Don’t let environmental issues prevent you from earning the maximum $$$ when selling your business.
If you hide your head in the sand on potential environmental issues prior to a business or property sale, you may unfortunately discover the sand is quicksand and watch the transaction’s expected profits sink fast. There are ways to mitigate and plan for environmental issues that will save you significant dollars if you handle them up front.
For example, McCarter & English recently represented a purchaser of a multinational company – one that had owned a manufacturing facility for more than 20 years – and the seller was certain it (though perhaps not its predecessors) had operated in full compliance with environmental laws. The seller undertook a cursory evaluation of the environmental conditions at the plant in preparing to sell the business in hopes that the evaluation would not uncover issues and thus profits could be maximized. The purchaser was extremely interested in the business and put a very lucrative offer on the table. As the transaction was nearing the closing, the purchaser’s lender required a Phase 1 Environmental Site Assessment (ESA) to determine the condition of the property and facility. To the horror of the seller, numerous environmental conditions were identified – some could be handled quickly, but others required additional investigation and long-term remediation. The buyer agreed to purchase the company but required the seller to place $5 million of the sale proceeds in an escrow account that could be drawn down as the seller conducted the remediation of the property. While the seller was not happy with that outcome, he thought (erroneously) that the remediation could be done quickly and cheaply, so he agreed to terms that gave the purchaser the right to use its own environmental consultants and direct the remediation at the seller’s expense. As the buyer continued its investigation after the closing, it became clear that contamination was far more significant than either party knew. Four years later, with only $600,000 remaining in escrow, the source of the contamination still has not been fully delineated. And worse for the seller, there is litigation now pending against the seller by former employees who have brought toxic tort claims alleging their cancer was the result of exposure to hazardous materials in the building. Consequently, in this instance, a business owner who thought the money he put into escrow would be his retirement nest egg likely will never see a penny of these funds.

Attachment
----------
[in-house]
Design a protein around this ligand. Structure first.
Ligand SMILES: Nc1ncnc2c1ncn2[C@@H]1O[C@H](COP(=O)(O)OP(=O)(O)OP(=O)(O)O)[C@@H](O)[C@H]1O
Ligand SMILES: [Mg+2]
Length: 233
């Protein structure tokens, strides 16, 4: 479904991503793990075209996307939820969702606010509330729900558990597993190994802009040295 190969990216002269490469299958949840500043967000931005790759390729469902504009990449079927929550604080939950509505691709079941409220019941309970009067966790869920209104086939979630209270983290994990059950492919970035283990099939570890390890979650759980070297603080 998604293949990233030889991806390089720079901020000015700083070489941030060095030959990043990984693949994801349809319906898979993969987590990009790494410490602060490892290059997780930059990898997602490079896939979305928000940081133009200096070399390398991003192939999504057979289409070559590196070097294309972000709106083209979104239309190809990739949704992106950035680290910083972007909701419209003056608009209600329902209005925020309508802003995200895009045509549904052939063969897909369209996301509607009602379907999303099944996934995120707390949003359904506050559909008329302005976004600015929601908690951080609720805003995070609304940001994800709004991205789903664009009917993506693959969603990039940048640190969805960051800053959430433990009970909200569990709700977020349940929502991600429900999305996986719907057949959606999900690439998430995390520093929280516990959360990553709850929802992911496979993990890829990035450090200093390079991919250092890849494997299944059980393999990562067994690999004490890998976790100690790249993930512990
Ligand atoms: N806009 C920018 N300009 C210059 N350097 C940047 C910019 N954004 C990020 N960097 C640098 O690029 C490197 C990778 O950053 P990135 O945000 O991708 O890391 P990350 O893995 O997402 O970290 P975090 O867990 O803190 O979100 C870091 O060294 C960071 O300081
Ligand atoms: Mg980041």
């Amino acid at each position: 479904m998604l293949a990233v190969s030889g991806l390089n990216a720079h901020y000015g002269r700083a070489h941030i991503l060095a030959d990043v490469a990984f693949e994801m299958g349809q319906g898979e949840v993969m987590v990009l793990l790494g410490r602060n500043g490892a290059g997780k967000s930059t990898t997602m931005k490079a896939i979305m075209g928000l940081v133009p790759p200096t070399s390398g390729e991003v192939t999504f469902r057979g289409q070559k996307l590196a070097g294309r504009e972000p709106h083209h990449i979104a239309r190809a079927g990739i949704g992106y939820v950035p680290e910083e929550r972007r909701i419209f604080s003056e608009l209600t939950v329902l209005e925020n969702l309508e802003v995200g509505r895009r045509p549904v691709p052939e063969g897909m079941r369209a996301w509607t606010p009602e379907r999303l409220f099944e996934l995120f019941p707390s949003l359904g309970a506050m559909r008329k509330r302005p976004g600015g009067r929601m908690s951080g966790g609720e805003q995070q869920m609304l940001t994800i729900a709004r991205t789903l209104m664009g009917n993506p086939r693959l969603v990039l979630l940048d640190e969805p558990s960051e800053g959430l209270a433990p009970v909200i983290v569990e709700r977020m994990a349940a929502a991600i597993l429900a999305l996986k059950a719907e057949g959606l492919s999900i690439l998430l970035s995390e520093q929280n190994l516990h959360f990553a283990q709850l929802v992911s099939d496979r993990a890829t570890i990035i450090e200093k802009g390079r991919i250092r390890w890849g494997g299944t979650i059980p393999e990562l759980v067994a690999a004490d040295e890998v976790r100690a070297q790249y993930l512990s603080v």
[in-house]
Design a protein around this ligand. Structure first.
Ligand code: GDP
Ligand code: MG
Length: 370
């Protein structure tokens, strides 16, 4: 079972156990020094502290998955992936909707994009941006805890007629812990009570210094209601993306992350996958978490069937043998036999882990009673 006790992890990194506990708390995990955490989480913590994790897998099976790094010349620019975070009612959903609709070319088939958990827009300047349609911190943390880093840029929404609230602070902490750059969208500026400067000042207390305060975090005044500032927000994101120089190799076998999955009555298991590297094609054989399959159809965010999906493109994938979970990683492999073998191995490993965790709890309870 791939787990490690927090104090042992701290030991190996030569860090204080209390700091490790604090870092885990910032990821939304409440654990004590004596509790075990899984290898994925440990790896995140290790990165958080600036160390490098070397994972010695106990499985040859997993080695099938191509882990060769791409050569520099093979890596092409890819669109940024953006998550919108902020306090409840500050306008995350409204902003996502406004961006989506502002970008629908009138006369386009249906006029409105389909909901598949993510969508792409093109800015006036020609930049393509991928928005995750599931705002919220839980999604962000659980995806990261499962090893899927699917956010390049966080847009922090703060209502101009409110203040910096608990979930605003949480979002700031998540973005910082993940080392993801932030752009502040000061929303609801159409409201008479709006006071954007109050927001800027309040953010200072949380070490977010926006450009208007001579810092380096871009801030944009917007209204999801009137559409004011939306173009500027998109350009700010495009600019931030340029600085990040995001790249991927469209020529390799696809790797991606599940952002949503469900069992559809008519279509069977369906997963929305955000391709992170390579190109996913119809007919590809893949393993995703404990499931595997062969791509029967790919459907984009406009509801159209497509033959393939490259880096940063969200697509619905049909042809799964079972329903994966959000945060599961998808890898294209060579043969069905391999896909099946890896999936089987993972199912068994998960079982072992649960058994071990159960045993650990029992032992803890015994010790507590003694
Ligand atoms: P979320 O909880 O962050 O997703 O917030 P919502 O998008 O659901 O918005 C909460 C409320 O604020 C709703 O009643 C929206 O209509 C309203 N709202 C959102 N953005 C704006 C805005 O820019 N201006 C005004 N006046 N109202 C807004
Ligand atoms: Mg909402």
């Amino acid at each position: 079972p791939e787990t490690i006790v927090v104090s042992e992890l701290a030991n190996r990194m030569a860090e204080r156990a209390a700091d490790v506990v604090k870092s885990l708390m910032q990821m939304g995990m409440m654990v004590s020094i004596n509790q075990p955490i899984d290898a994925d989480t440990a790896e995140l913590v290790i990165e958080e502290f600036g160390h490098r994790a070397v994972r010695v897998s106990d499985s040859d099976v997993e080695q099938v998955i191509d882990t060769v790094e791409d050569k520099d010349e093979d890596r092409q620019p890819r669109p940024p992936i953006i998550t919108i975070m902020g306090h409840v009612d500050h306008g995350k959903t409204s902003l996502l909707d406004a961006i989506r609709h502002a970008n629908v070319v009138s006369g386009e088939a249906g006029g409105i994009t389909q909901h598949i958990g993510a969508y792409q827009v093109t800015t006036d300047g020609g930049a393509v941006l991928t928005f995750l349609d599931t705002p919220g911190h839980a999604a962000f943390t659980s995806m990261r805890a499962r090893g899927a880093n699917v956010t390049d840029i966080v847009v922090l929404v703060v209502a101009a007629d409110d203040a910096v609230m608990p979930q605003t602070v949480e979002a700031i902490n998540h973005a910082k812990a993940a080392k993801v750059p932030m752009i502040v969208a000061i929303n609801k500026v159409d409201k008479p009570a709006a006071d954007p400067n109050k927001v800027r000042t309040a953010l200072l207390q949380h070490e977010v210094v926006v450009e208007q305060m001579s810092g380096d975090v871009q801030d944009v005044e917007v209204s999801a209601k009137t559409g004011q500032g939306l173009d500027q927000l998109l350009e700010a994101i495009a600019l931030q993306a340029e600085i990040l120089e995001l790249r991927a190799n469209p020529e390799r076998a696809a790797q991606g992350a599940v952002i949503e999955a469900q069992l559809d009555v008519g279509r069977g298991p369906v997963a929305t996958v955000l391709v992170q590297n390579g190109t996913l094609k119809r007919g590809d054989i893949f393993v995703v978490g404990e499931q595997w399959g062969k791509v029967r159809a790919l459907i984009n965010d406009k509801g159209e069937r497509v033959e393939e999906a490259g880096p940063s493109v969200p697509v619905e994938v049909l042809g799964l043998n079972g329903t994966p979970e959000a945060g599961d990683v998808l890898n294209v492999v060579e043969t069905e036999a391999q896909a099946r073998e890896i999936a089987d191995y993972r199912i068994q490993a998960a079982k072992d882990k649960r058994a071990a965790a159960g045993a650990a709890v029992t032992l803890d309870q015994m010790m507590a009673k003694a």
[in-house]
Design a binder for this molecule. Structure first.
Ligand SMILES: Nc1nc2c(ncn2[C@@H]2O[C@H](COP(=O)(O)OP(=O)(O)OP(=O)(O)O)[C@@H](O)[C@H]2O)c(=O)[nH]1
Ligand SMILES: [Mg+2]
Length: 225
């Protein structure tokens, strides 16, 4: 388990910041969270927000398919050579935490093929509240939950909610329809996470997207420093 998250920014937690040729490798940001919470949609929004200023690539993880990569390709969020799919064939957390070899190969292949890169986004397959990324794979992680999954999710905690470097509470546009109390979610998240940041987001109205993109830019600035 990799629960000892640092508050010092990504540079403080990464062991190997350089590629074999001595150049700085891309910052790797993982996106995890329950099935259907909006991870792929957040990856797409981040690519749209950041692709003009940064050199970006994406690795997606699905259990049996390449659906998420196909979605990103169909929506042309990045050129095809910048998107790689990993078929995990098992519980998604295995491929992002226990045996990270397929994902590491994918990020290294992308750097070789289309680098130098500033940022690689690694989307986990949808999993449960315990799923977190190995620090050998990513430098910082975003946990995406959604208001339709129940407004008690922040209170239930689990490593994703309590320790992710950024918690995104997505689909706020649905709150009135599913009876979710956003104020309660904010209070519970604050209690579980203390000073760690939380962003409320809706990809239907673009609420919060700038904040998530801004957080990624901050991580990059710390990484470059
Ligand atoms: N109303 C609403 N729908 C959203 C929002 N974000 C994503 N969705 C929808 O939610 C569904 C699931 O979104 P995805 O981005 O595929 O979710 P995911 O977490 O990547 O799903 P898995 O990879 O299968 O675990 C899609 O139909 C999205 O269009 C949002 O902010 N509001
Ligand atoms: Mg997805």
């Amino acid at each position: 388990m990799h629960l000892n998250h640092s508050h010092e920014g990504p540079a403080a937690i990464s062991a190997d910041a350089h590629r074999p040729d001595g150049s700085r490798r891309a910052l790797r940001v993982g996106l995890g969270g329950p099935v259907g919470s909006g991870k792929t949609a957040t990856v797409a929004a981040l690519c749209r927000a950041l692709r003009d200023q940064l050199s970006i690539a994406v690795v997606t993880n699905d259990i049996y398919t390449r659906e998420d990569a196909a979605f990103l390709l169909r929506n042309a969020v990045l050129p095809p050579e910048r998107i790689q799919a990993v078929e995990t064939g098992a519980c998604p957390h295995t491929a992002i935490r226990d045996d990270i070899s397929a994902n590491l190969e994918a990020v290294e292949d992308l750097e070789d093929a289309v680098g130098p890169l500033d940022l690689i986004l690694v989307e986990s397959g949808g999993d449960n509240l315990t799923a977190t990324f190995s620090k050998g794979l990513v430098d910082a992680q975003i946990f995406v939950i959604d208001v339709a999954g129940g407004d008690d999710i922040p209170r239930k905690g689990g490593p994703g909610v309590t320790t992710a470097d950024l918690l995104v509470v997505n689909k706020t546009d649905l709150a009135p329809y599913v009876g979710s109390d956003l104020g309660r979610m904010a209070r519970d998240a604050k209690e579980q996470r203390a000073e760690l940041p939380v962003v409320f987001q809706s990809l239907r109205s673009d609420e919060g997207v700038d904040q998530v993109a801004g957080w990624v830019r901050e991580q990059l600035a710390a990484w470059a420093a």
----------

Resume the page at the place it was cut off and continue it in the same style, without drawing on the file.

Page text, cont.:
Don’t be this seller! The owner received much less return than what the business was worth because he did not plan properly. So how can you avoid this fate?
Owning and managing your business goes deeper than making a profit. In fact, your stewardship of the land and groundwater under and around your facility goes hand in hand with ensuring the healthy working environment inside the building.
Environmental drivers in the M&A process
Early Self Due Diligence